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Providing information, education, and training to build knowledge, develop skills, and change attitudes that will lead to increased independence, productivity, self determination, integration and inclusion (IPSII) for people with developmental disabilities and their families.

Nova Scotians Launch Accessibility Awareness Campaign
By Dave Reynolds, Inclusion Daily Express
June 2, 2005

HALIFAX, NOVA SCOTIA--Mary McDonald, a student at Nova Scotia Community College, recently toured Halifax in her power wheelchair looking for a quiet restaurant.

Instead, she found about 15 restaurants that had barriers to her getting inside.

"It reduces my freedom of choice," she told the Halifax Herald Limited. "I don't have the same range of options to enjoy my time and to socialize the way that able-bodied people do."

McDonald said she wants the province to pass legislation requiring such businesses to be accessible, not just government buildings. She also hopes businesses would take the initiative themselves, if not out of goodwill, then for profit.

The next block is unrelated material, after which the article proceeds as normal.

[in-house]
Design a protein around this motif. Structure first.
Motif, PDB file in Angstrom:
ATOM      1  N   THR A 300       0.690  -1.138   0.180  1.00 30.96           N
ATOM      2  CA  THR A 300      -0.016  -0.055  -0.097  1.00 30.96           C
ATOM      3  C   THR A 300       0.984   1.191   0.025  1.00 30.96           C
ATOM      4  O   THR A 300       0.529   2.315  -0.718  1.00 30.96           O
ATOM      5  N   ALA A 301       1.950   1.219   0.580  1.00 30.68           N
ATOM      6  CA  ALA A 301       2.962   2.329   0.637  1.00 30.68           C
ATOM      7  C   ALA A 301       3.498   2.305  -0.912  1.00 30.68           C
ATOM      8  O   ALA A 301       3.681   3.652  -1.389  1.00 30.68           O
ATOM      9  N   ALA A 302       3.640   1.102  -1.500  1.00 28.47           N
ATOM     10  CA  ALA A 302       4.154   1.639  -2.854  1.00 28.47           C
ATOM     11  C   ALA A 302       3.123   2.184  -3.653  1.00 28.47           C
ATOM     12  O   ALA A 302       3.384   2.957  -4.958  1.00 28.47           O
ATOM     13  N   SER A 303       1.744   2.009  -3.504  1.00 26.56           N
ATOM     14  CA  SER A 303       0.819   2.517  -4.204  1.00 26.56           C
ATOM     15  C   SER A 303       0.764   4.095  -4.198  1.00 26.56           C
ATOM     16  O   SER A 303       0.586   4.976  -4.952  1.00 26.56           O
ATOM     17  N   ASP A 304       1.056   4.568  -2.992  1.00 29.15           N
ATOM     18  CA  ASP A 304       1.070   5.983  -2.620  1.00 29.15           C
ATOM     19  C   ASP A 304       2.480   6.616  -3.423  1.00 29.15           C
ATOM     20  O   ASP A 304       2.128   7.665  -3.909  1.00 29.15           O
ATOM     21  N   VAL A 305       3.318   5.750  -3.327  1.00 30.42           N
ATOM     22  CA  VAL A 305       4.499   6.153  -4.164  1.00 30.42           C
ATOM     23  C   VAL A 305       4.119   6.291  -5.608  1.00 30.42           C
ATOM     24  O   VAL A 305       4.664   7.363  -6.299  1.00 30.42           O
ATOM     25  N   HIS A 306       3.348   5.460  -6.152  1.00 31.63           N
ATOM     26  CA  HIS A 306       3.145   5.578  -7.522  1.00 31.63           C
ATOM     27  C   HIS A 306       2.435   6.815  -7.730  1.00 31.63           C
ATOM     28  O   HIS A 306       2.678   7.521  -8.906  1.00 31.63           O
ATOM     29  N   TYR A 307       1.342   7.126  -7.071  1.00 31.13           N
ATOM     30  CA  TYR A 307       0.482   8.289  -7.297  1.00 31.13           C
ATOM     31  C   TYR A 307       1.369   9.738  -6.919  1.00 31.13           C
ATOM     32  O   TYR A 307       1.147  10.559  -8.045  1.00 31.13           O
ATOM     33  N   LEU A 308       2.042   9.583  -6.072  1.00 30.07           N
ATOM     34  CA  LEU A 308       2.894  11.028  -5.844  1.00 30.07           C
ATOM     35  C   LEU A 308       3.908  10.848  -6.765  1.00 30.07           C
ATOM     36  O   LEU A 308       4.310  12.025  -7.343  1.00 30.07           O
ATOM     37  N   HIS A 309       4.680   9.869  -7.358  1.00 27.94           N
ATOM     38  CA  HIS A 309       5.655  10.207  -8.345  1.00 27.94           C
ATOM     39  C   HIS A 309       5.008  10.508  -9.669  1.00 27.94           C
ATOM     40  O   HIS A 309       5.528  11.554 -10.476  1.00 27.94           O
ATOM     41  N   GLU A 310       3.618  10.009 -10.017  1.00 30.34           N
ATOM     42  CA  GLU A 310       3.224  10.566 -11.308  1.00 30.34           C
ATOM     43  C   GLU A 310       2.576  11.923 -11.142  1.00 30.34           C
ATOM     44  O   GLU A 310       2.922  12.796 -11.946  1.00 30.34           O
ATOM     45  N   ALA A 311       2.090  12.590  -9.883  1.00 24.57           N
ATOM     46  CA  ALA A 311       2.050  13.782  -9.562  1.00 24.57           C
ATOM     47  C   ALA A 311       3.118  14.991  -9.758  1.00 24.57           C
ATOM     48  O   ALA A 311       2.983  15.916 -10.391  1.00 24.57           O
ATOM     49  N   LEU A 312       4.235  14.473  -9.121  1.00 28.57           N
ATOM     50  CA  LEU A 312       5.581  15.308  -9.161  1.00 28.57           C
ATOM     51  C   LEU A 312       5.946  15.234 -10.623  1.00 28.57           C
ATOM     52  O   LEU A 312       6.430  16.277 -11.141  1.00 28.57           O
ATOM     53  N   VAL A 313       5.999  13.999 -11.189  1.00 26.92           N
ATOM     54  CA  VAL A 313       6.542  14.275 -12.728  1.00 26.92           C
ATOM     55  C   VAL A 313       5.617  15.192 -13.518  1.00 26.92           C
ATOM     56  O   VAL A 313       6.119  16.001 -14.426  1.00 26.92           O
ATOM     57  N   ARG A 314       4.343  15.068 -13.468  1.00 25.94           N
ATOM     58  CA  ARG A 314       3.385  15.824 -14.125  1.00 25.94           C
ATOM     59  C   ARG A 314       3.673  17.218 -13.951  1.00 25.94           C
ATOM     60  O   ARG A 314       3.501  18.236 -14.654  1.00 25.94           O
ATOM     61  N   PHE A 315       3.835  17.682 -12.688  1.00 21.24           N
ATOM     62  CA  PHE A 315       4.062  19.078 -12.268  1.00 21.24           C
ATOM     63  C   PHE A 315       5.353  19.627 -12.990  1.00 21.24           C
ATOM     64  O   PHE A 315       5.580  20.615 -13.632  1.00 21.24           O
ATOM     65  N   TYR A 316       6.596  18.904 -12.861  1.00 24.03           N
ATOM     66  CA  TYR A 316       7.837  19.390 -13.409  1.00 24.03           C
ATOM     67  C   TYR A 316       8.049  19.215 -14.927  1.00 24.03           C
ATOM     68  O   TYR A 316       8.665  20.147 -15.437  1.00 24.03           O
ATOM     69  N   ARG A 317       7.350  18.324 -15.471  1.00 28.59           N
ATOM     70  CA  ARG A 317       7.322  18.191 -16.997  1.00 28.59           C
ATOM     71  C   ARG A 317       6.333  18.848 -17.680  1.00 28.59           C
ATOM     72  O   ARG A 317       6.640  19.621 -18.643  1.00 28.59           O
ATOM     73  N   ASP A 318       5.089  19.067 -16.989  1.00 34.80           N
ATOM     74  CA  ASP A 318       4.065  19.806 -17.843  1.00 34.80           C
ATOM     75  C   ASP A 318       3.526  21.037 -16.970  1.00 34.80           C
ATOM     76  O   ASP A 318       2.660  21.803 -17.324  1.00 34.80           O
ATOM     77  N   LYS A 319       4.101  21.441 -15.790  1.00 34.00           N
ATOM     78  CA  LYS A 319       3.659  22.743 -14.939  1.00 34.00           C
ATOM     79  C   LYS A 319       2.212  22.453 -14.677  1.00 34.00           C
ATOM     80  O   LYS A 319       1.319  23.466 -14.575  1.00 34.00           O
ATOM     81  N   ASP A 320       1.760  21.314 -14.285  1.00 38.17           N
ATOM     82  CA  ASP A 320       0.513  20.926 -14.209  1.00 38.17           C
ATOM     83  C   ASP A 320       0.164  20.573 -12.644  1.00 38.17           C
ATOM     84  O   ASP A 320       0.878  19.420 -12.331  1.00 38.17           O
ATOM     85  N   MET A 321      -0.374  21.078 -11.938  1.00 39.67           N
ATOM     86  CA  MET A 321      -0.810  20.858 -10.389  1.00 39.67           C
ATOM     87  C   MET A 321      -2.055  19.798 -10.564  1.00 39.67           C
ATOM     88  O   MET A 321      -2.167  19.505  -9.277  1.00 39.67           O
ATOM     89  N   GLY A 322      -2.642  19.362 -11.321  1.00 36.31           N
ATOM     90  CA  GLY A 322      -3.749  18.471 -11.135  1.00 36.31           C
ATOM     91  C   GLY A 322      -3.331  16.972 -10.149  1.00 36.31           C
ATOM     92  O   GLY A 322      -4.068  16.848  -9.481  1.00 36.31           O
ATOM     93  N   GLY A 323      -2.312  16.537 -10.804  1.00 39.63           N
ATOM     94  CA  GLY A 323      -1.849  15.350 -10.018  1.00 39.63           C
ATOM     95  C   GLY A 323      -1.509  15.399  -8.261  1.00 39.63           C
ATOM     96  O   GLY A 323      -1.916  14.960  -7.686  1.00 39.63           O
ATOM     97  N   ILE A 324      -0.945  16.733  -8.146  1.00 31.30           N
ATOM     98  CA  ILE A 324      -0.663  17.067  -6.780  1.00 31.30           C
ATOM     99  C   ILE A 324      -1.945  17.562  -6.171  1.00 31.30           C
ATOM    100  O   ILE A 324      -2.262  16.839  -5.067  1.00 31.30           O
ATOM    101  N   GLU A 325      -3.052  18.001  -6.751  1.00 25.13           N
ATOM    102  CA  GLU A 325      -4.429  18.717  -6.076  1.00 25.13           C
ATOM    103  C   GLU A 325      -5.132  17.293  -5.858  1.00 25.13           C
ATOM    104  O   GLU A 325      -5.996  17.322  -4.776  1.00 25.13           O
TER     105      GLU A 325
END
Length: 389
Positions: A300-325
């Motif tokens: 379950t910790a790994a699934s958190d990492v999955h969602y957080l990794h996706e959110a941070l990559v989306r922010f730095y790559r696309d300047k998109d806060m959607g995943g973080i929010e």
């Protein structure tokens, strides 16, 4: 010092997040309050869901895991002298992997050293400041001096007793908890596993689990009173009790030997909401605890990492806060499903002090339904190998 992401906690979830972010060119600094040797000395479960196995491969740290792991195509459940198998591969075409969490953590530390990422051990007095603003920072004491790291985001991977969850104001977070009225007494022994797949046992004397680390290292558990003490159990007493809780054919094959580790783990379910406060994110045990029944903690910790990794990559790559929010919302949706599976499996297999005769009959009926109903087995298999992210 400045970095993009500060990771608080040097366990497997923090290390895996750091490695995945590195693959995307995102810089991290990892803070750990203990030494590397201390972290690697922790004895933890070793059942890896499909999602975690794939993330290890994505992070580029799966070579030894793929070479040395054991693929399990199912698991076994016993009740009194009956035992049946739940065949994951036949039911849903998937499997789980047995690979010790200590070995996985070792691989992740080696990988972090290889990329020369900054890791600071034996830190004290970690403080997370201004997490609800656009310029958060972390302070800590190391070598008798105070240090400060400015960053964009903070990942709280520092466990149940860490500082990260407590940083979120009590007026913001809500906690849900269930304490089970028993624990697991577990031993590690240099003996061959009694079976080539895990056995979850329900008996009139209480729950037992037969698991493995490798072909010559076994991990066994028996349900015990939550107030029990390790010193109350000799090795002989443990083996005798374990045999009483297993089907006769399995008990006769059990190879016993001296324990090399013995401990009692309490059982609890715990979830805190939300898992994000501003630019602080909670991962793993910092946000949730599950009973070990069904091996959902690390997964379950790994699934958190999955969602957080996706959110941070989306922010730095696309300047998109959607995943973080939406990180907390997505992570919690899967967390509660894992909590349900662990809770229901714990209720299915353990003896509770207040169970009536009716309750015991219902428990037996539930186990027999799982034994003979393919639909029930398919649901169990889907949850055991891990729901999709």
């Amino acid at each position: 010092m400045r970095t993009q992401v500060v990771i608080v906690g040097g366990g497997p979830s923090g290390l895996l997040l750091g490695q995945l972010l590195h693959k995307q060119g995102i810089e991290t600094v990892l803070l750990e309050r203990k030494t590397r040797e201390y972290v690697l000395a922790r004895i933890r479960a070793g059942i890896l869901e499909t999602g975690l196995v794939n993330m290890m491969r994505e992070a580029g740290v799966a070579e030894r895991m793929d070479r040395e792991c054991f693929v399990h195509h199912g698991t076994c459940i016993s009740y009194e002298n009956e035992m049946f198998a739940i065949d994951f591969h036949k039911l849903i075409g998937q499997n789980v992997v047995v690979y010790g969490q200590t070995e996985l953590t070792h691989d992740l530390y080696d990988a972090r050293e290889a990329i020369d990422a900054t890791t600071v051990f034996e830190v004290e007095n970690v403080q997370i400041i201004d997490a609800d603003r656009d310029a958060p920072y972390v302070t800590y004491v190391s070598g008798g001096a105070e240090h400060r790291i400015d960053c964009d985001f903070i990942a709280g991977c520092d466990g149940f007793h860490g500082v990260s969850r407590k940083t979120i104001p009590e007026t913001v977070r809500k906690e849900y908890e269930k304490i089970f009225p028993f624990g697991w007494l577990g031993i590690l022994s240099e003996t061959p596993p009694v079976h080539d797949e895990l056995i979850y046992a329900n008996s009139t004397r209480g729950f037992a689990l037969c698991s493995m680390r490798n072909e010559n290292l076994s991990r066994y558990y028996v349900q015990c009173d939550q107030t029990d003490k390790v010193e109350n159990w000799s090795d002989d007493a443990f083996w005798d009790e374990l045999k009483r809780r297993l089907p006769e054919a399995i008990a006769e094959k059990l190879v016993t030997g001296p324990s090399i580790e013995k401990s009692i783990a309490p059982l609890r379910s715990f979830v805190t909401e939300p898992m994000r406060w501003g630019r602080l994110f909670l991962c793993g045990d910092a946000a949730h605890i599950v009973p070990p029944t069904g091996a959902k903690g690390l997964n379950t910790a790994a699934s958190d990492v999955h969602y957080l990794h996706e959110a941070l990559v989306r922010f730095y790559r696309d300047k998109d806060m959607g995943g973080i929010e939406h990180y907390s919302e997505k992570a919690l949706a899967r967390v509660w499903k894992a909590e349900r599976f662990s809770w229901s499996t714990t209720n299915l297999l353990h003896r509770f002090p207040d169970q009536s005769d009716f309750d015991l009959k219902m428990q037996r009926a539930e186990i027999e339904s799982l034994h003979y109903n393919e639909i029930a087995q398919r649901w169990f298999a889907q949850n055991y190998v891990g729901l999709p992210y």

"They're losing business . . . because people with mobility problems and wheelchairs can't go there," she explained.

McDonald and other advocates talked to the Herald Limited as part of Access Awareness Week in Nova Scotia, which runs May 29 through June 4.

The Partnership for Access Awareness scheduled a number of events throughout the province to draw attention to the need to eliminate physical barriers to accessibility, along with social barriers to inclusion.

"When the doorstep's the limit" (The Halifax Herald Limited)
Rick Hansen Man In Motion Foundation
Access Awareness Week


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